The following is satirical.
It was a wonderful Veterans Day at colleges around the country. Students gathered around the Veterans Tree singing old Veterans Carols like “I Hope I Don’t Get Killed Defending the Rights of People Who Don’t Even Appreciate those Rights, Fa la la la la.”
College students were taught special Veterans Day lessons. For instance, some young people were startled to learn there were other ways to be a hero than screaming at someone on Twitter — although some of those other ways sounded kind of dangerous, so maybe it’s best to keep your heroism confined to Social Media for now.
After all, what’s the point of getting wounded over things like the First Amendment when free speech just lets you say upsetting stuff? And why on earth would you risk getting killed over freedom of religion when God is so mean to gay people? And, of course, getting shot over the right to bear arms is crazy since, once guns are banned, no one will have to get shot at all.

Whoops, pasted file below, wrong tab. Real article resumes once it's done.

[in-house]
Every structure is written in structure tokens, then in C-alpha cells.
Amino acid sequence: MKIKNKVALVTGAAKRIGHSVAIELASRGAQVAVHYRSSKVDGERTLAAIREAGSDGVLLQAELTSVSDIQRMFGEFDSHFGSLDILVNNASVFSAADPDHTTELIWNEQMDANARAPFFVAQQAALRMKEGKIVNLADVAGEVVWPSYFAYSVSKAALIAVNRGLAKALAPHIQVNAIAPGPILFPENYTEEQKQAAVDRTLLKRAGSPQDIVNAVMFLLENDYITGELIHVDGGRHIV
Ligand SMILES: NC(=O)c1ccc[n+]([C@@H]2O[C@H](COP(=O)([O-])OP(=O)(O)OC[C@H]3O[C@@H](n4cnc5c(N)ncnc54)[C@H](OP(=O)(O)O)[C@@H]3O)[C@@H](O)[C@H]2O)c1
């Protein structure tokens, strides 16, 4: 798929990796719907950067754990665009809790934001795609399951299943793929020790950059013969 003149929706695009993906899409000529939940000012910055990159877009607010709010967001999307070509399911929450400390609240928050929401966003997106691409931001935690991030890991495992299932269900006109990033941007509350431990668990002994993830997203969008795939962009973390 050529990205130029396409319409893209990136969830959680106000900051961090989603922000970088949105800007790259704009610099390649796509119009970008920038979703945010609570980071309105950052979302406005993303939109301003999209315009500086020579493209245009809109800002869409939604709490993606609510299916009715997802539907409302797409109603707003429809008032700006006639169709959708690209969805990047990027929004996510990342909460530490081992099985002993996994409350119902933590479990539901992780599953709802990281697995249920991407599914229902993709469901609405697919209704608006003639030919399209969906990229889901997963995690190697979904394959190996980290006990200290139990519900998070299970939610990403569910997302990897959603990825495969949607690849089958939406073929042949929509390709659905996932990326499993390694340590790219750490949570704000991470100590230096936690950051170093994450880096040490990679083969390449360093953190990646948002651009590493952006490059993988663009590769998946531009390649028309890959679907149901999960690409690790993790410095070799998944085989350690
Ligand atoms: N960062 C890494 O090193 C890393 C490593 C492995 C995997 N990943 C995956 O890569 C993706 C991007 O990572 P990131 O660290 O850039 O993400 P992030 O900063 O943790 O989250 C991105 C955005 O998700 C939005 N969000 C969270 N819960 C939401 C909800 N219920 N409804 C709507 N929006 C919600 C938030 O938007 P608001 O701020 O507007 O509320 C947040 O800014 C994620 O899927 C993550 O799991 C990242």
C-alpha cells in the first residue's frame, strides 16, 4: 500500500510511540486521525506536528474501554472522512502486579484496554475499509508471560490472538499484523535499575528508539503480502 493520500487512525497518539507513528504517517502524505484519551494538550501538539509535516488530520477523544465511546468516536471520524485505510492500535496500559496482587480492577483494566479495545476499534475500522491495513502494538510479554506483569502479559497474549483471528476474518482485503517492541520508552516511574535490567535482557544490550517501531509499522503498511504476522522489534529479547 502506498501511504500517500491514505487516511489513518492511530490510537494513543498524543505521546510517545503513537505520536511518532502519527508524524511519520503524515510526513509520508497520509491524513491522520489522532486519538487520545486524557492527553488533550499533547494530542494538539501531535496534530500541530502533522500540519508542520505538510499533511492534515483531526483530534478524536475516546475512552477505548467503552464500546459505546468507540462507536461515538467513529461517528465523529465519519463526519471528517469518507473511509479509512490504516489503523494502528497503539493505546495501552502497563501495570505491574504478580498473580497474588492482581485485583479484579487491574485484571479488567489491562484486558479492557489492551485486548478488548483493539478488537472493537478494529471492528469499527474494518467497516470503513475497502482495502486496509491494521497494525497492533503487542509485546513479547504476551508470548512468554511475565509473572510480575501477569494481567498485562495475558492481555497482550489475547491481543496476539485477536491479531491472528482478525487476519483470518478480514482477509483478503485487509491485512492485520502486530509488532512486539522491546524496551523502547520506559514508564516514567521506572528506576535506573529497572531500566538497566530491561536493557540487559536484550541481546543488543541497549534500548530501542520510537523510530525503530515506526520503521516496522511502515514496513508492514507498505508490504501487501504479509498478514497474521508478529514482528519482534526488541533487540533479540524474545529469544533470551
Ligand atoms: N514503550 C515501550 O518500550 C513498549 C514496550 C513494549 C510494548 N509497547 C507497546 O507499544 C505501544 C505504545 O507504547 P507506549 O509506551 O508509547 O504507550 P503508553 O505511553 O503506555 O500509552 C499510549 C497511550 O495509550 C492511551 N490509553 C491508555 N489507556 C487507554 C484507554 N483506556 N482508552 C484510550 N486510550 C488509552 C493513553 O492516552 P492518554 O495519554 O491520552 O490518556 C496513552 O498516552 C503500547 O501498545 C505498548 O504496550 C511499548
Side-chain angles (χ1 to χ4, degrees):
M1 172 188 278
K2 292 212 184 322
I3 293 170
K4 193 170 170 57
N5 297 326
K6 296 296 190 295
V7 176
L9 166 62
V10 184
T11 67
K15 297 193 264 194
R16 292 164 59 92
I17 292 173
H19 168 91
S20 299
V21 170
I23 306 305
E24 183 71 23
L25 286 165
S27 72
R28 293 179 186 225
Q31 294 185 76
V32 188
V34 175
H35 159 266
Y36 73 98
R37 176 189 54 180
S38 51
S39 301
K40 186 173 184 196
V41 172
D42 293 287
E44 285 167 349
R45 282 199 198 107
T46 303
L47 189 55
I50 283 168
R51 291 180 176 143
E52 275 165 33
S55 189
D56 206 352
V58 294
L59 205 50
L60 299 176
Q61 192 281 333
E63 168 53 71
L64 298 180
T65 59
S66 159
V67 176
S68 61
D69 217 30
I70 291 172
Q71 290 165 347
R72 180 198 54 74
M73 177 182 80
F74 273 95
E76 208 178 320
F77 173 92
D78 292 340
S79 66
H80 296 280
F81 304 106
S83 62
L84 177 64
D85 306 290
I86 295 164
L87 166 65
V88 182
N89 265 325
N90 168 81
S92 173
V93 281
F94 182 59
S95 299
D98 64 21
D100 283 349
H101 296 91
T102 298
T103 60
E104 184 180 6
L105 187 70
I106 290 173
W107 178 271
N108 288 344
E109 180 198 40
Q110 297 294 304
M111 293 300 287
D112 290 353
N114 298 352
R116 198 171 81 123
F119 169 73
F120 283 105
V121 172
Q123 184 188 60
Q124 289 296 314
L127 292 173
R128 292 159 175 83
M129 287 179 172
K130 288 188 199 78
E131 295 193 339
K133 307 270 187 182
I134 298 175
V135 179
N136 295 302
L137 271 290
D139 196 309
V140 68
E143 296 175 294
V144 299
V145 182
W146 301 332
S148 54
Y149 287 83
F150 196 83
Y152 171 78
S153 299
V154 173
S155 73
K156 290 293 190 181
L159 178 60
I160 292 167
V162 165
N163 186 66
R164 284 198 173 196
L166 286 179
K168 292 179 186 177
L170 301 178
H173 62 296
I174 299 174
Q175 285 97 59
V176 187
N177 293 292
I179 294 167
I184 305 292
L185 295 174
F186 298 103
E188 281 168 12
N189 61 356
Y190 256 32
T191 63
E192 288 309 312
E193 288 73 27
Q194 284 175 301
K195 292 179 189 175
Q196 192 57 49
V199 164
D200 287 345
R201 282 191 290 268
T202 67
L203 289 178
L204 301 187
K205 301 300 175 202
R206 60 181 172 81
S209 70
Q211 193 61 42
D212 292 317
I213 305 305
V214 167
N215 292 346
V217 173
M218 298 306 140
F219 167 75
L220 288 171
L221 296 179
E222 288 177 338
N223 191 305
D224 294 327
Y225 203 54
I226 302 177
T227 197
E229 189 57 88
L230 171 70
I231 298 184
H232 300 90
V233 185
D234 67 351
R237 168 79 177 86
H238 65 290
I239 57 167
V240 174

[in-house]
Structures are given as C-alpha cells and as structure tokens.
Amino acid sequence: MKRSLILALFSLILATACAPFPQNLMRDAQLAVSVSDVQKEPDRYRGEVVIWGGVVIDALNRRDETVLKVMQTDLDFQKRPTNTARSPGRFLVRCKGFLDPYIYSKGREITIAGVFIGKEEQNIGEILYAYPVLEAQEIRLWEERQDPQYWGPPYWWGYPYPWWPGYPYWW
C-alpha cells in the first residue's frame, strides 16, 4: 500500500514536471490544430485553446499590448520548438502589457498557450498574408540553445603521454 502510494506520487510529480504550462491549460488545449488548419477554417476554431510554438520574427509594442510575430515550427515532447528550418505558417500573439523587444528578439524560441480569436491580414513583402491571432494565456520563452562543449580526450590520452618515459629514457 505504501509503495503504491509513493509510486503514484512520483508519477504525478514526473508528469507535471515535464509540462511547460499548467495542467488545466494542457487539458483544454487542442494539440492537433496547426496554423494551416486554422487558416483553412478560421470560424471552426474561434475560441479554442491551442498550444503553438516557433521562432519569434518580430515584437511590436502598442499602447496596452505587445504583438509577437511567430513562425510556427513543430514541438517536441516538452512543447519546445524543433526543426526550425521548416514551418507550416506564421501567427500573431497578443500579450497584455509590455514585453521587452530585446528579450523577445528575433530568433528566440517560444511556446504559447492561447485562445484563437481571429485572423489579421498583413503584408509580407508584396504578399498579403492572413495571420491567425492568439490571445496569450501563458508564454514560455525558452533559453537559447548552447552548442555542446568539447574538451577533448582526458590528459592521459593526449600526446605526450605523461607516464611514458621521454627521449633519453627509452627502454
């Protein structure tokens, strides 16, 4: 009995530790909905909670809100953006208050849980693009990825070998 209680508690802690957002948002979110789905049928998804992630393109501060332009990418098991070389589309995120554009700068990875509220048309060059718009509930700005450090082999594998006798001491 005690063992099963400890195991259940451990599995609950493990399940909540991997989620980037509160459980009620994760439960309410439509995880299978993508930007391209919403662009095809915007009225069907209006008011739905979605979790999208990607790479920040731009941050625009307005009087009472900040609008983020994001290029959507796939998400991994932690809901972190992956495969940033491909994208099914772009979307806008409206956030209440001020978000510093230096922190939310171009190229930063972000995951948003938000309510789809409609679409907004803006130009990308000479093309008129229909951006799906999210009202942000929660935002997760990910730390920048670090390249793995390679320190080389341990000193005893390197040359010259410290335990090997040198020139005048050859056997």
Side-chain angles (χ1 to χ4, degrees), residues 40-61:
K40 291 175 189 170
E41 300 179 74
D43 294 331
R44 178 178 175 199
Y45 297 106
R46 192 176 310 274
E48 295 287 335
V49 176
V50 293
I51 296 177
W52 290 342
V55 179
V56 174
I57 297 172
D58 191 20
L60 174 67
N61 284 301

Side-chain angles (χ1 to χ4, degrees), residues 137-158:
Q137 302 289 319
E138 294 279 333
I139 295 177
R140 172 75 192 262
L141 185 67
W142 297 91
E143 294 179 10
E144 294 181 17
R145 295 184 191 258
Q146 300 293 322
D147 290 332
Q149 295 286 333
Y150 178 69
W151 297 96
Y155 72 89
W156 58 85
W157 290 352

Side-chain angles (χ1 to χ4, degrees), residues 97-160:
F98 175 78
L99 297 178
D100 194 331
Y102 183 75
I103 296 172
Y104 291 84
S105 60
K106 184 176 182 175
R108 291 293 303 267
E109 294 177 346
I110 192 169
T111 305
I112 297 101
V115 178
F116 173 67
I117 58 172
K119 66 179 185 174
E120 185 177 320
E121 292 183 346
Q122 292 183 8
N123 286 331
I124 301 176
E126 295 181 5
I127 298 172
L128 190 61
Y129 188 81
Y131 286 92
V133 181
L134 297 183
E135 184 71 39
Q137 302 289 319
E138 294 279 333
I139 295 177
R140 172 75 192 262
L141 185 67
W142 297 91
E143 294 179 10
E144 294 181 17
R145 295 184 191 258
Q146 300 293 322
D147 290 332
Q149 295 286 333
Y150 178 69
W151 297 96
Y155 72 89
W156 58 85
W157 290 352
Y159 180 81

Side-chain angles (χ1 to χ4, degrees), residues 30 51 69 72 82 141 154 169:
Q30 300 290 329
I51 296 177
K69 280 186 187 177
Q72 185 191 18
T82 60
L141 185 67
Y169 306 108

College students were also surprised to learn about such Veterans Day subjects as World War II, where race-obsessed, anti-Jewish, big government supporters who called themselves National Socialists somehow turned out to be the bad guys. How weird is that? Today, anyone who isn’t a race-obsessed anti-Jewish big government national socialist is worse than Hitler.
But then World War II was in the old days when Hitler wasn’t Donald Trump but instead was Hitler, and you couldn’t even call him Hitler on TV because he would kill you because he was Hitler instead of Donald Trump, which is just plain confusing.
Although sometimes, it’s true, soldiers do bad things like shooting “austere religious scholars,” mostly college students enjoyed Veterans Day because they got a holiday from gender studies class and could stay in their dorm rooms watching porn instead and wishing they could ask someone on a date without getting expelled. And isn’t that the American life our veterans fought so hard to preserve?
Related: Washington Post Changes Headline About Terrorist Leader’s Death, Calling Him An ‘Austere Religious Scholar’